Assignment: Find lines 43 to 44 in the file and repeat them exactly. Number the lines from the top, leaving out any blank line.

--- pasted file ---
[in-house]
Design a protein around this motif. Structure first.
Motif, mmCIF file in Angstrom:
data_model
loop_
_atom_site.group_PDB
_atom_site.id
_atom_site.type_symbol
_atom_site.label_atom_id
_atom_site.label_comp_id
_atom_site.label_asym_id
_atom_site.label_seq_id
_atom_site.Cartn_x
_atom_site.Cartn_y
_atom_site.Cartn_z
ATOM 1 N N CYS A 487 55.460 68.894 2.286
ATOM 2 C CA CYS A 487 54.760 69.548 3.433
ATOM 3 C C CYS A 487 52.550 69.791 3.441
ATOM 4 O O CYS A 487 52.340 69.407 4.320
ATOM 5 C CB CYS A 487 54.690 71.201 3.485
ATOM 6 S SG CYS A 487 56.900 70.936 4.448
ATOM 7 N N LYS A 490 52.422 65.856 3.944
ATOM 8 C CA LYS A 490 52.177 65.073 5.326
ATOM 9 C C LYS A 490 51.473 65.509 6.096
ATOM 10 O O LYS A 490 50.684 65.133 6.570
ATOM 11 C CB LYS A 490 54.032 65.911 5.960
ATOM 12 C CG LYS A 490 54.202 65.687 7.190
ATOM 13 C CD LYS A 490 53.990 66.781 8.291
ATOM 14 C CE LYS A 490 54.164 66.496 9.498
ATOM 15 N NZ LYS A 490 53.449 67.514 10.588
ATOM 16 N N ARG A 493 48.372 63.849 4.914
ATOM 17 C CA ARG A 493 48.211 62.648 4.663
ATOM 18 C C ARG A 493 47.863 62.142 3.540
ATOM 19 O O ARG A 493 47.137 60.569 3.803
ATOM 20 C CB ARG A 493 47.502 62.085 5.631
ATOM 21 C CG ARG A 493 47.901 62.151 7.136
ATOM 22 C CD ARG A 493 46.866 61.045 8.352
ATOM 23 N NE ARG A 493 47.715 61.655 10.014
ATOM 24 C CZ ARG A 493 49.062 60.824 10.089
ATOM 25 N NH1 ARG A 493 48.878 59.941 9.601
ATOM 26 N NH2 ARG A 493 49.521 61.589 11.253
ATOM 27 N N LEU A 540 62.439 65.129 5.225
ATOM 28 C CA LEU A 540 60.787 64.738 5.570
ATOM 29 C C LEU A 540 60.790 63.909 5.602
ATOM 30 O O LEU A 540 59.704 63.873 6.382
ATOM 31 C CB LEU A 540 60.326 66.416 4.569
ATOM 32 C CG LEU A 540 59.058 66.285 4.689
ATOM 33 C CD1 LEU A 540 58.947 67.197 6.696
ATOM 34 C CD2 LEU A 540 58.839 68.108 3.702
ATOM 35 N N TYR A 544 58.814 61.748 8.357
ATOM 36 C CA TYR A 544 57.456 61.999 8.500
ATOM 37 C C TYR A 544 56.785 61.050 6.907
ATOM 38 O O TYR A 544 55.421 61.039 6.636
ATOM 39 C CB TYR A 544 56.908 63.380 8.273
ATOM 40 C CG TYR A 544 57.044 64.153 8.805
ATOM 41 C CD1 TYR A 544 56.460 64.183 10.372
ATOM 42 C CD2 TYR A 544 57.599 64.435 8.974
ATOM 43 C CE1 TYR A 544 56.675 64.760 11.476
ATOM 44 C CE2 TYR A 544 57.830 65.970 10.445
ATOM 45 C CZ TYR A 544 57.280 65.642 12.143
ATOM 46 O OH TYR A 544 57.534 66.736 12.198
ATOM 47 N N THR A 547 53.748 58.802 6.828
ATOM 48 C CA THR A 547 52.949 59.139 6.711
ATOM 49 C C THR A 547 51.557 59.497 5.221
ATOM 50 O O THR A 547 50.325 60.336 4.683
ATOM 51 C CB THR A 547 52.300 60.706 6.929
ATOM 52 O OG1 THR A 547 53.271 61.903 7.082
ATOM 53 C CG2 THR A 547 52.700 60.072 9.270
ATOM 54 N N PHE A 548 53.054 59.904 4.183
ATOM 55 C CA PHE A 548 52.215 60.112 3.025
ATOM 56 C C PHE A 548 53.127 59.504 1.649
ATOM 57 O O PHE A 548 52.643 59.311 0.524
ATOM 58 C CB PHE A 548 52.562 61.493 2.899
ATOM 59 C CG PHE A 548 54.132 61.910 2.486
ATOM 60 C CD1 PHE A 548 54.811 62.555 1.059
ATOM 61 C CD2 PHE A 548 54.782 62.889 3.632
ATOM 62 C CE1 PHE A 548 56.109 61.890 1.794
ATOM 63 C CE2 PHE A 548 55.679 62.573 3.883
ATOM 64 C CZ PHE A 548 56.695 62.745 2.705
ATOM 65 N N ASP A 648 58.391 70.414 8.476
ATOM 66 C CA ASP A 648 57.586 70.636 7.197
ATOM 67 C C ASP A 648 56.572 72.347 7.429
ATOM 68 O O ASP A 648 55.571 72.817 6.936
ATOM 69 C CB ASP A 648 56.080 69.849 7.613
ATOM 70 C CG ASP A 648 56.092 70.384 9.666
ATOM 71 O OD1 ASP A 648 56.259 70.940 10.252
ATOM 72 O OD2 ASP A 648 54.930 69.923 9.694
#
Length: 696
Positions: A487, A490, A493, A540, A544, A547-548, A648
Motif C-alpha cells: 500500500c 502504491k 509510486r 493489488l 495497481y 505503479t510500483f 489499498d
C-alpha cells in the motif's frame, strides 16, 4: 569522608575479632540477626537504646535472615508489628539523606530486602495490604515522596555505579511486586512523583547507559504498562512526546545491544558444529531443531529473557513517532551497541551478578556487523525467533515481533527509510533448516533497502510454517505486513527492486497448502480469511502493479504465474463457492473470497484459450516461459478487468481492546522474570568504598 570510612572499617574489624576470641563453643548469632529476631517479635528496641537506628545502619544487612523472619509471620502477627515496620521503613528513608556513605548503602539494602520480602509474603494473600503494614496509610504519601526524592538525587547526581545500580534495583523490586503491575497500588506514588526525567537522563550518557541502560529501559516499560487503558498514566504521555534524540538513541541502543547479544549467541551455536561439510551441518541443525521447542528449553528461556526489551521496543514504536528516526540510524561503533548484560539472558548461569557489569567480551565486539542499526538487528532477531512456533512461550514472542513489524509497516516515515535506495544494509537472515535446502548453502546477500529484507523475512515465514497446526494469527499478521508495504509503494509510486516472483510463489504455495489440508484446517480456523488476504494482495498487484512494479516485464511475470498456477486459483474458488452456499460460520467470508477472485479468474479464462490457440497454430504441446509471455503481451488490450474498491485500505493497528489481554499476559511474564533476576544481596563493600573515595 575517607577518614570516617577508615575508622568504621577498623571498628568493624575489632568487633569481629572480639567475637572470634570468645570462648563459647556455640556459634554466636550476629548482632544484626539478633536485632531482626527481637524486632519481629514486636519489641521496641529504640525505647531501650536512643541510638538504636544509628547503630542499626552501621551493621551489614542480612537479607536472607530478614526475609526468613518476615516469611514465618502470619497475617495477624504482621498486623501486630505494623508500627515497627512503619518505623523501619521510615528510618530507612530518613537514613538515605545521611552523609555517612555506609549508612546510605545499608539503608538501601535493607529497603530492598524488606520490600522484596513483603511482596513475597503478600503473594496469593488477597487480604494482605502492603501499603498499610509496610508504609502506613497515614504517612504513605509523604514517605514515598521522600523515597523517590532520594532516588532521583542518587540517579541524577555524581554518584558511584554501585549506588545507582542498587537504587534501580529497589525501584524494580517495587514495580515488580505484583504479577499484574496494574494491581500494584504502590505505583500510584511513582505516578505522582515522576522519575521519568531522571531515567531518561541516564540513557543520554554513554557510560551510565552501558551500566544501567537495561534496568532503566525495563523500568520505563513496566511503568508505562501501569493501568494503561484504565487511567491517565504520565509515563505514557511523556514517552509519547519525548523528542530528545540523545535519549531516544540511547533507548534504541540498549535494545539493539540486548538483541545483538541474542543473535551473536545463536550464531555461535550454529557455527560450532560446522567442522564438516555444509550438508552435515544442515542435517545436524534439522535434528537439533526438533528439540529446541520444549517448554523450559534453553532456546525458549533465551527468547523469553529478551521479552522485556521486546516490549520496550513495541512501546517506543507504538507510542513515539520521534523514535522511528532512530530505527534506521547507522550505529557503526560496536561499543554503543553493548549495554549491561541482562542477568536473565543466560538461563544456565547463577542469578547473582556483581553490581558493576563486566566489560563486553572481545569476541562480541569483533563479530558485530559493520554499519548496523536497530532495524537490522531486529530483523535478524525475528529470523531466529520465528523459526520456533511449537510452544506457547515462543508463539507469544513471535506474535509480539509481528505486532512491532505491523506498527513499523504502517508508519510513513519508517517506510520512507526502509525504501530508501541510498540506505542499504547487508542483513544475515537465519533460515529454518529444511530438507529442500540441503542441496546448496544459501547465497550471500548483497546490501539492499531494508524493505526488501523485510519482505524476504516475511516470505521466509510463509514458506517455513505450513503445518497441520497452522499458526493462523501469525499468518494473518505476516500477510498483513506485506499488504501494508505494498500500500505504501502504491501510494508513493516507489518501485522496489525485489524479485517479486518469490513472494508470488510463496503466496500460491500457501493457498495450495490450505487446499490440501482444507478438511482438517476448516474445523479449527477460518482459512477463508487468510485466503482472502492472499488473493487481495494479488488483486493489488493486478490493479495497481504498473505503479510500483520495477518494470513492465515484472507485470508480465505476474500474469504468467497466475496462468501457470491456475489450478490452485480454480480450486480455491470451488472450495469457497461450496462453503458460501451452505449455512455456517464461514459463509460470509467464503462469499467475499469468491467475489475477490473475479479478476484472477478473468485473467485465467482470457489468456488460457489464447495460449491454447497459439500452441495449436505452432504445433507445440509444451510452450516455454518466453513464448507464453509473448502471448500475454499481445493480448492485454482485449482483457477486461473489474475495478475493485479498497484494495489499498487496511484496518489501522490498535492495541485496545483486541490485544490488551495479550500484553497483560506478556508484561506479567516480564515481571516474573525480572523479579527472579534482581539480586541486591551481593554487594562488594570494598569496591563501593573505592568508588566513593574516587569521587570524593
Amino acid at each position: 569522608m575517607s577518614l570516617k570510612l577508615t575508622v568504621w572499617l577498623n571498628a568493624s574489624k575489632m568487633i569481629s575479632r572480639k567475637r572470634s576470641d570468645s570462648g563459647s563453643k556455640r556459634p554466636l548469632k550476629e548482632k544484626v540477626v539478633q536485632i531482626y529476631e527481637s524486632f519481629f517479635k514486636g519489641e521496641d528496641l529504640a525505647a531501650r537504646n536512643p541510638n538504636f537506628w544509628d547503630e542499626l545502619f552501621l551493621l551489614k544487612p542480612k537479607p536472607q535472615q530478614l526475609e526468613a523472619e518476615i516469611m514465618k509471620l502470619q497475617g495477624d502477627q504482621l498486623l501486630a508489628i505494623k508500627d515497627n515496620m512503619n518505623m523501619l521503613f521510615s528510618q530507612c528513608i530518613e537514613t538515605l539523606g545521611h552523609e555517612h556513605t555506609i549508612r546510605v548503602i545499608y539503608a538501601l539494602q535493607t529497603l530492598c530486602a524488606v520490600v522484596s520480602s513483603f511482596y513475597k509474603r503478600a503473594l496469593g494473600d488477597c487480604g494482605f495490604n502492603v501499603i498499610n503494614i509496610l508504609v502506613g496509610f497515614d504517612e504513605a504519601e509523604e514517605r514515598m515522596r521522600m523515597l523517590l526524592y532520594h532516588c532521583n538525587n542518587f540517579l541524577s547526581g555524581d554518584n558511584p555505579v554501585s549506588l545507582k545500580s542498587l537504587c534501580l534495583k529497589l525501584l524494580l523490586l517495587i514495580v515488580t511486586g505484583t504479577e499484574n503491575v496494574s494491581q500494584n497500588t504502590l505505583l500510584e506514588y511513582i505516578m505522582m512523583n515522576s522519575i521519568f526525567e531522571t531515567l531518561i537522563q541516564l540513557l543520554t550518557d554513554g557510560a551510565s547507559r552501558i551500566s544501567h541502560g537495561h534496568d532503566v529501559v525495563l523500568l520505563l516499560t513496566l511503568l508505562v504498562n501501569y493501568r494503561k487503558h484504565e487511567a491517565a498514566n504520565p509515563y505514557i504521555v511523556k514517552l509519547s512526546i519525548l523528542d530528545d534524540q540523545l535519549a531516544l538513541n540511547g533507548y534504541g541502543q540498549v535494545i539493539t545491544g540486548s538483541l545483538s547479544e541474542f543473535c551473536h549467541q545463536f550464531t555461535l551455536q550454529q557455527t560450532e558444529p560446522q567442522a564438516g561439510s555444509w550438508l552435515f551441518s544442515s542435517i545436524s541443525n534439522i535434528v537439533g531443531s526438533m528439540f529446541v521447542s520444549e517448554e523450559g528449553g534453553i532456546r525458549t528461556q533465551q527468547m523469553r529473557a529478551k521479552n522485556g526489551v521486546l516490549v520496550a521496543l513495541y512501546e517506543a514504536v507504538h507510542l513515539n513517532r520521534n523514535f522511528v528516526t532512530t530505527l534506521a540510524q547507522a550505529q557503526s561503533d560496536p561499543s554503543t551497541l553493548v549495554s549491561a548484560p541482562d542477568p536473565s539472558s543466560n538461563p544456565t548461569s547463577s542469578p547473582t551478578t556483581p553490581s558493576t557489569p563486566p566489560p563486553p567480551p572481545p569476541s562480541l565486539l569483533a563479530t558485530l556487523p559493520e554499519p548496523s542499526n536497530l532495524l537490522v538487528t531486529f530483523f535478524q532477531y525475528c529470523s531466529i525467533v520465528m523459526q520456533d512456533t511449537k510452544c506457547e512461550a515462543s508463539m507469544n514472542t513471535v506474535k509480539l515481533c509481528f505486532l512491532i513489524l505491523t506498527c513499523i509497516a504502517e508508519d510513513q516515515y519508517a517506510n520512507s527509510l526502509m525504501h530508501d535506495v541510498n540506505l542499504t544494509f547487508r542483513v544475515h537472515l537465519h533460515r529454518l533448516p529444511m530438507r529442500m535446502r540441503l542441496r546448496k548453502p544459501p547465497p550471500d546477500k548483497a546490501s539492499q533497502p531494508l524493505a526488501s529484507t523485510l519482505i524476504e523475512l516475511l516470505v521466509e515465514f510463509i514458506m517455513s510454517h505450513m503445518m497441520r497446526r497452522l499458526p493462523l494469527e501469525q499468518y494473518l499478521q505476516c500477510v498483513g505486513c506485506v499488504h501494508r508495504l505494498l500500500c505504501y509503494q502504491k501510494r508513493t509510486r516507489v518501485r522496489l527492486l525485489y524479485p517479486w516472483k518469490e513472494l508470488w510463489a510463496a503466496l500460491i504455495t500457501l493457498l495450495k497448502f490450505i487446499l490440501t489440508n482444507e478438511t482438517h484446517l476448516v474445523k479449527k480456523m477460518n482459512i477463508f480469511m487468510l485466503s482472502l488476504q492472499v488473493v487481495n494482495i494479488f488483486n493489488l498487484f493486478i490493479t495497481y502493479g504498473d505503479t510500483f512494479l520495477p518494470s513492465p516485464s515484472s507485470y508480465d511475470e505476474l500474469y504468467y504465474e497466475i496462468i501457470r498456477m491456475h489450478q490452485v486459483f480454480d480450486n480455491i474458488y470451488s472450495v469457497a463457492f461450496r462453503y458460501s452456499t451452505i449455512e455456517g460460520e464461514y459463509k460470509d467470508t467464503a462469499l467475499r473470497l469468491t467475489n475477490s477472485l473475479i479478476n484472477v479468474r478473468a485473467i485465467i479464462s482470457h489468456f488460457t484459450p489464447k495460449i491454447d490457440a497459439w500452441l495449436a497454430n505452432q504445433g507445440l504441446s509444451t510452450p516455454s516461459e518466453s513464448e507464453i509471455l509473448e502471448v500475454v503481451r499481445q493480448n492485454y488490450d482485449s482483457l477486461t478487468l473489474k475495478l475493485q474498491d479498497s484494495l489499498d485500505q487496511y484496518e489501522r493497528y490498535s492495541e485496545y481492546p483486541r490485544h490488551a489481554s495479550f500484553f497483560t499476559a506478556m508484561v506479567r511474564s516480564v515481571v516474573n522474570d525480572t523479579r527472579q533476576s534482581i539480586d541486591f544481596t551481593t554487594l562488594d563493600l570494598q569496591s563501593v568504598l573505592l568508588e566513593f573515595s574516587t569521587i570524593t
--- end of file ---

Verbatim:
ATOM 28 C CA LEU A 540 60.787 64.738 5.570
ATOM 29 C C LEU A 540 60.790 63.909 5.602